Where’s it on? Amazon Prime
Power tools and warranties dominate the search results for Bosch, but it turns out to be a reliable annual treat in the streaming calendar. Jeff Bezos’ chequebook buys great directors (Ernest Dickerson often shoots the best episodes) and an excellent lead in Titus Welliver, whose Detective Harry Bosch tackles matricide, porn and pill mills in modern Los Angeles. Season five has just debuted – if you don’t want to revisit the lot you could start with season four, as new showrunner Daniel Pyne nurtured an intimacy and sharpened the edges to the adaptations of Michael Connelly’s novels.
Night of the Demon (1957)
Where’s it on? Horror Channel, 6:55pm, Sunday
The case for this classic has been made more eloquently elsewhere, but it’s always worth repeating. Jacques Tourneur’s film has cursed parchment and a looming dread, and it’s vital viewing. There’s also the genius of Peggy Cummins and the beastliness of antagonist Niall MacGinnis. The story is simple – a sceptical professor probes satanic mayhem – but the production was marked by rancour of the kind where the screenwriter, years later, said that should he encounter the producer, “I’d shoot him dead.” None of that is felt on screen, where this elegant perturber sweeps in with all the immersive style of its 1957 debut.
The Childhood of a Leader (2015)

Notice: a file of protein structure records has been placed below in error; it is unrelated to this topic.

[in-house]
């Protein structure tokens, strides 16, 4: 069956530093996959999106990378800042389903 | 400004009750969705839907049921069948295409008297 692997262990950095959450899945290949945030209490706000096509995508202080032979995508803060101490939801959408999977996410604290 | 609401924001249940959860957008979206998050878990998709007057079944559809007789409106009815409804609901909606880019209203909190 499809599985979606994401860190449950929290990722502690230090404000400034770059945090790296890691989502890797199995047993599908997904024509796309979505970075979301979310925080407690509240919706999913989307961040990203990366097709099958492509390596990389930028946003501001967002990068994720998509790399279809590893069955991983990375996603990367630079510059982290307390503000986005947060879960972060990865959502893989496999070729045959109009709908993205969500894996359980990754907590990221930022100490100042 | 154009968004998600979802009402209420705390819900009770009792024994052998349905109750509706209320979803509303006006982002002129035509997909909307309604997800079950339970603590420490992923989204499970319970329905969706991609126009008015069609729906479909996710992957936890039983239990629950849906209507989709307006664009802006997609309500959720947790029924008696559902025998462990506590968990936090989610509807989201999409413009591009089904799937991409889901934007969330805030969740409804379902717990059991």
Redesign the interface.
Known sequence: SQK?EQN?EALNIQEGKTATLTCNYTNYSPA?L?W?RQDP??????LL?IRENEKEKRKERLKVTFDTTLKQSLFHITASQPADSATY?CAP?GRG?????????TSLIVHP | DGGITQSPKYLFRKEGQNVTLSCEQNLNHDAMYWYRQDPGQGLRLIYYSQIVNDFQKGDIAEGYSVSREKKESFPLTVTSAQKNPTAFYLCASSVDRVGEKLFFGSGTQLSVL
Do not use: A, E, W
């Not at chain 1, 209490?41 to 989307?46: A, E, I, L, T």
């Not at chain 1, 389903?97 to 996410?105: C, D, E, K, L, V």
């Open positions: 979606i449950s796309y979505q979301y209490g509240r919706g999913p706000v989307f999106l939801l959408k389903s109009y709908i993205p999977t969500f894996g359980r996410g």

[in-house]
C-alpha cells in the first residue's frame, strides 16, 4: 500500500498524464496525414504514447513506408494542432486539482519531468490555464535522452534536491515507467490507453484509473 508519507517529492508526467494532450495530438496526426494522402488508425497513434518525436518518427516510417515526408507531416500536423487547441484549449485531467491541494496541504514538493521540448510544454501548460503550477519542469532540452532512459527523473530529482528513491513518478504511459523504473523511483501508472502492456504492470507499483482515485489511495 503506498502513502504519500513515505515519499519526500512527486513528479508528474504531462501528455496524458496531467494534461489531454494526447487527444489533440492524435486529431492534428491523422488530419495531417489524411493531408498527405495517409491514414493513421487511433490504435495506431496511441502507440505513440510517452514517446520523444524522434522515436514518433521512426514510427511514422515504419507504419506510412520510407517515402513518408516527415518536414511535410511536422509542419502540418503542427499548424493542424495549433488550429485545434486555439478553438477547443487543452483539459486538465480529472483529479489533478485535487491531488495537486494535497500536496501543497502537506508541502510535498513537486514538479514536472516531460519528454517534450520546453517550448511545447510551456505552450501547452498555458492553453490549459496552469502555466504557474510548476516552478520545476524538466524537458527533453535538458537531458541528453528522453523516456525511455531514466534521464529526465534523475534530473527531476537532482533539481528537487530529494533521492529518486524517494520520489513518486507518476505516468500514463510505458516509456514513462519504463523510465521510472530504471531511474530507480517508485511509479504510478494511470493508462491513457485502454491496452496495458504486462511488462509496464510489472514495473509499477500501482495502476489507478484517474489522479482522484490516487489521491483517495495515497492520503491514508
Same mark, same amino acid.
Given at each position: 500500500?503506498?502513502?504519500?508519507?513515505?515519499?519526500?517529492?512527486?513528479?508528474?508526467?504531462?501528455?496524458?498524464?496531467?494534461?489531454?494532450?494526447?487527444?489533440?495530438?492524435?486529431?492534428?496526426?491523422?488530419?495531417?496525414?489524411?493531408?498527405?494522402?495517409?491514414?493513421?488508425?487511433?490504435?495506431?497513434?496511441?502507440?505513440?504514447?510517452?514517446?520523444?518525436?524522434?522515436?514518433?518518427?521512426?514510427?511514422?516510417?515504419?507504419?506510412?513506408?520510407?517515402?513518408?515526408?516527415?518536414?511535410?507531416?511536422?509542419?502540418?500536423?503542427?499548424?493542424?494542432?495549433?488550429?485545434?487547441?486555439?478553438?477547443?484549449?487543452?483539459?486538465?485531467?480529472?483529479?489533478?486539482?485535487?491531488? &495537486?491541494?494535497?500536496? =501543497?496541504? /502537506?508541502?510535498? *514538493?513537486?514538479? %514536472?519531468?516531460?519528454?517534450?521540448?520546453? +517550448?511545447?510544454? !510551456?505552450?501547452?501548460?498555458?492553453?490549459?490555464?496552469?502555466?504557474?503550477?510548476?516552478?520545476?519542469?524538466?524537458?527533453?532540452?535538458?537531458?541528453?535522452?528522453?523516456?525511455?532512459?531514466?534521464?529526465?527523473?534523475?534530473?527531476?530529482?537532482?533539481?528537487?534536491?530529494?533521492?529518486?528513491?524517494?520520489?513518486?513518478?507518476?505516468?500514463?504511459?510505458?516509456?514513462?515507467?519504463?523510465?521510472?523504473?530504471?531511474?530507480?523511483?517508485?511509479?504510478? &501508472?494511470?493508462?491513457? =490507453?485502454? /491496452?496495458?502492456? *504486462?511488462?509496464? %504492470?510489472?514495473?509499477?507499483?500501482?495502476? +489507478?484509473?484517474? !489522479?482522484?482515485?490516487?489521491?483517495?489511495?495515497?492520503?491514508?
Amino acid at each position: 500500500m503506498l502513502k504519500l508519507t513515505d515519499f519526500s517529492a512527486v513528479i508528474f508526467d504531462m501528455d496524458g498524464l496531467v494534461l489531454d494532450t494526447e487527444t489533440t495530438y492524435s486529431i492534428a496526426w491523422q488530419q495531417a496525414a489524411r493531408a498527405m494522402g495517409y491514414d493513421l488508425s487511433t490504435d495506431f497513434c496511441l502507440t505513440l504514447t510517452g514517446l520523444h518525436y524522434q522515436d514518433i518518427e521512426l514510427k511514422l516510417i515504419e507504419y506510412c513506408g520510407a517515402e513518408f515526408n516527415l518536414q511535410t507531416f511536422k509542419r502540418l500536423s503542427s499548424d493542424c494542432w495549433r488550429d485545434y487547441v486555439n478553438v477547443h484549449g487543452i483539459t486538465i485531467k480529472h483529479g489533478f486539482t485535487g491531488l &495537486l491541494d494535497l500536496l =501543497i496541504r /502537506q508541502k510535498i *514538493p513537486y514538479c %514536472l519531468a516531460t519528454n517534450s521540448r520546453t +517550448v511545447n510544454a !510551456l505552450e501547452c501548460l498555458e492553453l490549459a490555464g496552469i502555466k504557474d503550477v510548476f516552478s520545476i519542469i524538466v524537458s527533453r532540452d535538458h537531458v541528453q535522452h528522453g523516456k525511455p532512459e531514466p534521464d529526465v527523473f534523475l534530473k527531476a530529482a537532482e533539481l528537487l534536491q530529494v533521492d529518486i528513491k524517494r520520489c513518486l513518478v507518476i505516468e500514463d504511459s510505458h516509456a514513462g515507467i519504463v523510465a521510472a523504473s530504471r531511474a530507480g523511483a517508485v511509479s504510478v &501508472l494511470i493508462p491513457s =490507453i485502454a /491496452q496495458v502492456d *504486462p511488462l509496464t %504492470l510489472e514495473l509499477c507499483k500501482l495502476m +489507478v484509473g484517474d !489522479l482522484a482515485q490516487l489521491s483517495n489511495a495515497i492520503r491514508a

Where’s it on? BFI Player
As Scott Walker’s score bleeds in, a world takes shape. It is cold and stiff and home to Prescott (Tom Sweet), the child whose privileged life masks a deep darkness. His rage finds its first target at parents Bérénice Bejo and Liam Cunningham, but as his defiance grows, so does his awareness of how to use it. Brady Corbet’s first feature has echoes of Ordet, Haneke and others, but it feels like an original vision and it jabs away in the memory. His new film, Vox Lux, stars Natalie Portman and is released in UK cinemas this weekend.
Maps to the Stars (2014)
Where’s it on? BBC2, 11pm, Sunday
If celebrity is indeed a mask that eats the face, Orson Welles’ chauffeur is surely qualified to paint one. He, Bruce Wagner, has penned a dark and unignorable story of new Norma Desmonds, child stars, shrinks, hangers-on and the ‘chore whore’ who connects them. David Cronenberg brings this world to life by framing his cast – Mia Wasikowska, Julianne Moore, John Cusack – in isolation and watching as their neuroses pile and topple. USA Today’s review still tickles: ‘If a pointless and nasty Hollywood satire filled with vile characters and no one to root for sounds like a good time, go see.’
Lunch Hour (1963)
Where’s it on? Talking Pictures, 6am, Saturday
Workplace trysts are an evergreen subject for cinema, but they rarely score a bullseye like this. The woman (Shirley Anne Field) and the man (Robert Stephens) enter a hotel room. Intimacy at last, away from his marriage and their jobs. It’s taken some planning, he tells her, as in flashback we see how an elaborate fantasy can become an exquisite hell. There’s a persuasive edge to the dialogue and stories, swiped from the cast during lunches with barrister John Mortimer, who incorporated their gossip into this adaption of his own play. James Hill’s editing and direction help drive home this genuinely subversive hobbling of male fantasy.